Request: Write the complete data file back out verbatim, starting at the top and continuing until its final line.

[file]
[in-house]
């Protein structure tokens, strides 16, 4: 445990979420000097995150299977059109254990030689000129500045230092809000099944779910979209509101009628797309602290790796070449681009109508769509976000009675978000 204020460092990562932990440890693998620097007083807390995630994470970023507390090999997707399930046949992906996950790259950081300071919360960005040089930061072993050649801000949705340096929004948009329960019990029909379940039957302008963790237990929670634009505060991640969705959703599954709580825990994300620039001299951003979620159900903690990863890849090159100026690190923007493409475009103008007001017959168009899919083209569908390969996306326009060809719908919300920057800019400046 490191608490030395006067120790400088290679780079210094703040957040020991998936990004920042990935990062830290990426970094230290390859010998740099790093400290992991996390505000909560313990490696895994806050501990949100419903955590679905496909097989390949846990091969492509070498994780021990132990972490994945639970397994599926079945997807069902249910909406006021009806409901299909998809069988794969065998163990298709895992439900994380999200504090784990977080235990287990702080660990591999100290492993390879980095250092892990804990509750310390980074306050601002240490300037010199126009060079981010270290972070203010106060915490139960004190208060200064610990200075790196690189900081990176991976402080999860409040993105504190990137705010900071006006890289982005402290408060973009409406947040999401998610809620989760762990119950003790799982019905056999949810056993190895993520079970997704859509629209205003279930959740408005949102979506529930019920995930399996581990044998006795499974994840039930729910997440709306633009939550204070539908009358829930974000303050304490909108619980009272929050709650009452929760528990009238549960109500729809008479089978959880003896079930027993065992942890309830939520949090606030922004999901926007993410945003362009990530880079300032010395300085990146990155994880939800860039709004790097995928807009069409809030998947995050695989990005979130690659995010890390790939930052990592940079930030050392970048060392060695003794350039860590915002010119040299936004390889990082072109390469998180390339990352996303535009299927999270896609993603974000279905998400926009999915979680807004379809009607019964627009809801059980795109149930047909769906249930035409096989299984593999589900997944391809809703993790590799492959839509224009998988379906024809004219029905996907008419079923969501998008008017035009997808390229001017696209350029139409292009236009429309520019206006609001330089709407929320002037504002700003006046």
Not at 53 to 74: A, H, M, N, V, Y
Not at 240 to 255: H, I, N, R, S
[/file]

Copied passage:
[in-house]
């Protein structure tokens, strides 16, 4: 445990979420000097995150299977059109254990030689000129500045230092809000099944779910979209509101009628797309602290790796070449681009109508769509976000009675978000 204020460092990562932990440890693998620097007083807390995630994470970023507390090999997707399930046949992906996950790259950081300071919360960005040089930061072993050649801000949705340096929004948009329960019990029909379940039957302008963790237990929670634009505060991640969705959703599954709580825990994300620039001299951003979620159900903690990863890849090159100026690190923007493409475009103008007001017959168009899919083209569908390969996306326009060809719908919300920057800019400046 490191608490030395006067120790400088290679780079210094703040957040020991998936990004920042990935990062830290990426970094230290390859010998740099790093400290992991996390505000909560313990490696895994806050501990949100419903955590679905496909097989390949846990091969492509070498994780021990132990972490994945639970397994599926079945997807069902249910909406006021009806409901299909998809069988794969065998163990298709895992439900994380999200504090784990977080235990287990702080660990591999100290492993390879980095250092892990804990509750310390980074306050601002240490300037010199126009060079981010270290972070203010106060915490139960004190208060200064610990200075790196690189900081990176991976402080999860409040993105504190990137705010900071006006890289982005402290408060973009409406947040999401998610809620989760762990119950003790799982019905056999949810056993190895993520079970997704859509629209205003279930959740408005949102979506529930019920995930399996581990044998006795499974994840039930729910997440709306633009939550204070539908009358829930974000303050304490909108619980009272929050709650009452929760528990009238549960109500729809008479089978959880003896079930027993065992942890309830939520949090606030922004999901926007993410945003362009990530880079300032010395300085990146990155994880939800860039709004790097995928807009069409809030998947995050695989990005979130690659995010890390790939930052990592940079930030050392970048060392060695003794350039860590915002010119040299936004390889990082072109390469998180390339990352996303535009299927999270896609993603974000279905998400926009999915979680807004379809009607019964627009809801059980795109149930047909769906249930035409096989299984593999589900997944391809809703993790590799492959839509224009998988379906024809004219029905996907008419079923969501998008008017035009997808390229001017696209350029139409292009236009429309520019206006609001330089709407929320002037504002700003006046």
Not at 53 to 74: A, H, M, N, V, Y
Not at 240 to 255: H, I, N, R, S